Managing the challenges and mental health impacts of business transformation projects
Sundara Sukavanam, CDO, Firstsource
November 12 2020 - Transformation projects have a poor track record. They promise breakthrough benefits, but the journey can be painful, with unexpected costs and stretched time frames negatively impacting employees’ mental health. In fact, over a third of business executives admit to finding these projects as or more stressful than the lockdown itself, according to Firstsource’s newly released research. Some level of stress is inevitable. However, by preempting possible challenging areas, and proactively addressing them, businesses can alleviate pressure and improve the chances of success. With this in mind, the research identified the top five challenges experienced during transformation and how to manage them.
Balancing optimism and realism
It’s human nature to be optimistic, and no matter how well thought through, every business transformation initiative will have unknown variables. These can cause projects to over-run on timescales, costs or both. In fact, one Head of Transformation had to say about business plans "No business case is ever right. It’s never right, they just aren’t". This is why leaders must be grounded and realistic in the planning stages.
One way to achieve this is by involving both optimistic and cautious stakeholders at the start who can present both points of view on the best and the worst-case scenarios. In reality, the project is likely to land somewhere in between, but factoring in the positive and the negative from the get-go will help to proceed with cautious optimism.
Firstsource’s Leading Transformation research found that this approach was a key factor in over half of the low-stress initiatives it identified. To ensure business case success leaders should also:
- Meet key suppliers and partners to assess their credibility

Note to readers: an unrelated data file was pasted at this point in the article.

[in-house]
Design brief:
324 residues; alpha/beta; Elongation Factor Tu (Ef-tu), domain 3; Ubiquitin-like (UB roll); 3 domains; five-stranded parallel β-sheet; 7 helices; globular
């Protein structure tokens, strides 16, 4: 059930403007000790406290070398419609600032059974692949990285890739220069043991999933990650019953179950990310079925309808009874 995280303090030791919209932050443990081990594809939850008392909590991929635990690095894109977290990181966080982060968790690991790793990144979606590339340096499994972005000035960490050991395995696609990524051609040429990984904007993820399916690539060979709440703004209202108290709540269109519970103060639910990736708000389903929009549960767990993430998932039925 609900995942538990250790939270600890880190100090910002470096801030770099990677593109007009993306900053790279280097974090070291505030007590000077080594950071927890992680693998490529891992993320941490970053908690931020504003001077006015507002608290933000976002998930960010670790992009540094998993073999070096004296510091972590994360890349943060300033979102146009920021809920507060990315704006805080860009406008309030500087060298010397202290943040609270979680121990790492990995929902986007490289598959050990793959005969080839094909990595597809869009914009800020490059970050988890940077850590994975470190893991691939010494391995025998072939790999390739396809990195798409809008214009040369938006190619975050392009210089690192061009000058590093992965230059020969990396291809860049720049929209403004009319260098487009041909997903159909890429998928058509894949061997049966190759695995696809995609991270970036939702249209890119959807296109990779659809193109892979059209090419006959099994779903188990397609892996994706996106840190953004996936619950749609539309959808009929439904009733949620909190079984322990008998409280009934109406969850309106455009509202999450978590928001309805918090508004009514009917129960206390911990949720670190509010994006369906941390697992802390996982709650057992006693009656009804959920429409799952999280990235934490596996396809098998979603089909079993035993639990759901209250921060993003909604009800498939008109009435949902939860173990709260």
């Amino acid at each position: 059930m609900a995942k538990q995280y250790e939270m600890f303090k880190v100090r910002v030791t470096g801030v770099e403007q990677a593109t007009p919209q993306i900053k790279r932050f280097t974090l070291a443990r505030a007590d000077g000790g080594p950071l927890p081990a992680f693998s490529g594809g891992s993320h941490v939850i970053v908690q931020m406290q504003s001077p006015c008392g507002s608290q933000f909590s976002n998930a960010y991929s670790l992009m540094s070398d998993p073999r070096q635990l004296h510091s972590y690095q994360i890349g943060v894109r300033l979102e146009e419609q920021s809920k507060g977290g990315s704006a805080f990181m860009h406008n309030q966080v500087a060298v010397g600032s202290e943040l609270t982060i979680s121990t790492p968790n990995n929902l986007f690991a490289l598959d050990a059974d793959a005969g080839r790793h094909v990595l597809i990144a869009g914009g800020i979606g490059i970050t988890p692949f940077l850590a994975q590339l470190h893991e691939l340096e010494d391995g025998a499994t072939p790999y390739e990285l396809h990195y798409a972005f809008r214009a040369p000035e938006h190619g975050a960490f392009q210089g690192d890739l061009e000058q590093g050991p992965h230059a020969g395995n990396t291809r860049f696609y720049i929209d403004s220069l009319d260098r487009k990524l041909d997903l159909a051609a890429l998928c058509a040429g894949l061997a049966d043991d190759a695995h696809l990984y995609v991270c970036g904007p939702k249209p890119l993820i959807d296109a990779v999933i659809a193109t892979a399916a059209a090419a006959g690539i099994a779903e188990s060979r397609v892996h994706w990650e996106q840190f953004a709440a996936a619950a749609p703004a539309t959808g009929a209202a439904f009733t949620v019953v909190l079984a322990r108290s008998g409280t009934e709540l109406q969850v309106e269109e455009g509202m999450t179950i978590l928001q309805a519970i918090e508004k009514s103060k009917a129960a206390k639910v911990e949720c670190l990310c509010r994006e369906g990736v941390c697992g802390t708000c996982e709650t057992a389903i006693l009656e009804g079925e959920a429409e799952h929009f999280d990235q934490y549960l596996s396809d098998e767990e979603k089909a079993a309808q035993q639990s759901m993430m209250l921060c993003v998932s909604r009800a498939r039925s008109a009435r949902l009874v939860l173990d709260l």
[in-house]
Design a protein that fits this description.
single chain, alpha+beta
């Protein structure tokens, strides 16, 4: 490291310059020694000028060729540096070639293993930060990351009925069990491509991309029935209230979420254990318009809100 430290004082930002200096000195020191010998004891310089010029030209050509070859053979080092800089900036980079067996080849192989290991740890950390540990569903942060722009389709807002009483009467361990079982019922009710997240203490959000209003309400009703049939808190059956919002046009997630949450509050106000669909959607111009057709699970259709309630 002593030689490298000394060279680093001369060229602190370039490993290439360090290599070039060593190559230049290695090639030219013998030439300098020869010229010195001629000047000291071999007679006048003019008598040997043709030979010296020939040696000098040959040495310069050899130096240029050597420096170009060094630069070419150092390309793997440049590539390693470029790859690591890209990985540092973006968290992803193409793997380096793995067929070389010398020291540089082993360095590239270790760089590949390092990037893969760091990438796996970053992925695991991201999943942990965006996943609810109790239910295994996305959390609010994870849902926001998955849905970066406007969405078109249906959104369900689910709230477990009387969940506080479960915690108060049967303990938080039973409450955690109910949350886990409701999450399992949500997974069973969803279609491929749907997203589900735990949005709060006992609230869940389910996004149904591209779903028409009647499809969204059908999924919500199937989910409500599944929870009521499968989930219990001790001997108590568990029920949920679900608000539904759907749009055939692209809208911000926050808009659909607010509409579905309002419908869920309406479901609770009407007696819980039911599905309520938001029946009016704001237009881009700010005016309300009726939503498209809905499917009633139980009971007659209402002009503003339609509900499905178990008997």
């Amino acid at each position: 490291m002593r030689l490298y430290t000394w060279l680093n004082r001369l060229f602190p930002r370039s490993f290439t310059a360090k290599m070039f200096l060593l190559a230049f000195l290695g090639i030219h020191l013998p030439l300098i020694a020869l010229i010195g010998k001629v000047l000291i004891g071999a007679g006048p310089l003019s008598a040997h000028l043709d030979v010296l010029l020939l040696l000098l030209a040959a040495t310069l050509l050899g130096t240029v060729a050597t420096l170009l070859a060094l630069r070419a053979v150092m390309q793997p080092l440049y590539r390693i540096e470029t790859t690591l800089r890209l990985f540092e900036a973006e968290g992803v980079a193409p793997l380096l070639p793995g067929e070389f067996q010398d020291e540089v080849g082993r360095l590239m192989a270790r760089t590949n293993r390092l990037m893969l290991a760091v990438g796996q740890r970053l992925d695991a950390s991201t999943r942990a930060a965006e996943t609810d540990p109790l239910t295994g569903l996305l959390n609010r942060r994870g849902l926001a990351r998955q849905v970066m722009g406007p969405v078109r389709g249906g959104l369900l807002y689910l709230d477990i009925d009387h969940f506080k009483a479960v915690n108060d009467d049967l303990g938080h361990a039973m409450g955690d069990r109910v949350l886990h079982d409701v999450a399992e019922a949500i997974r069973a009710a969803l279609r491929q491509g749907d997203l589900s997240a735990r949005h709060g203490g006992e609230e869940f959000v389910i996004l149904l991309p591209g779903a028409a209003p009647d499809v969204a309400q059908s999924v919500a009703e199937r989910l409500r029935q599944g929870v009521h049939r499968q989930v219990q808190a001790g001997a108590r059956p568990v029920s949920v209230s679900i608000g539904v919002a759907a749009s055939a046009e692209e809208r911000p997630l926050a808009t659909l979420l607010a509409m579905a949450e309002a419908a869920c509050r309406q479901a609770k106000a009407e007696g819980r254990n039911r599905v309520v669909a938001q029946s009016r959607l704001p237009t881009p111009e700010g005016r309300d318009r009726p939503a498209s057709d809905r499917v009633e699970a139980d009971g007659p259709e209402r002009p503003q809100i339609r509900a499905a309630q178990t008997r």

- Ensure they have a detailed drill down into the forecasts and assumptions of the project
- Run a small-scale pilot before rolling out the project
Following these steps will provide leaders with a clear framework for all operational decisions for a smoother, less stressful project.
Assess how change will affect the wider business
Another key cause of stress during transformation is the failure to account for the knock-on effects of the project. Transformation will inevitably impact adjacent processes, systems and company culture. Leaders must thoroughly assess all of these factors to understand whether the organisation is ready to go through a change project or if it will be met with push-back and cause discord. They can do this by consulting senior executives across the company and paying attention to their reticence or apprehension. It would also be beneficial to carry out a detailed review and assessment of the impact the project would have on other processes or systems. The research found that 82 percent of low-stress initiatives included this type of review compared with only 46 percent of high-stress initiatives.
Ensuring dissenting opinions and data are heard
Failing to effectively judge the businesses’ readiness for transformation was the second-highest regret leaders have for business projects. Their top regret was failing to ensure dissenting opinions were heard and disconfirming data was confronted.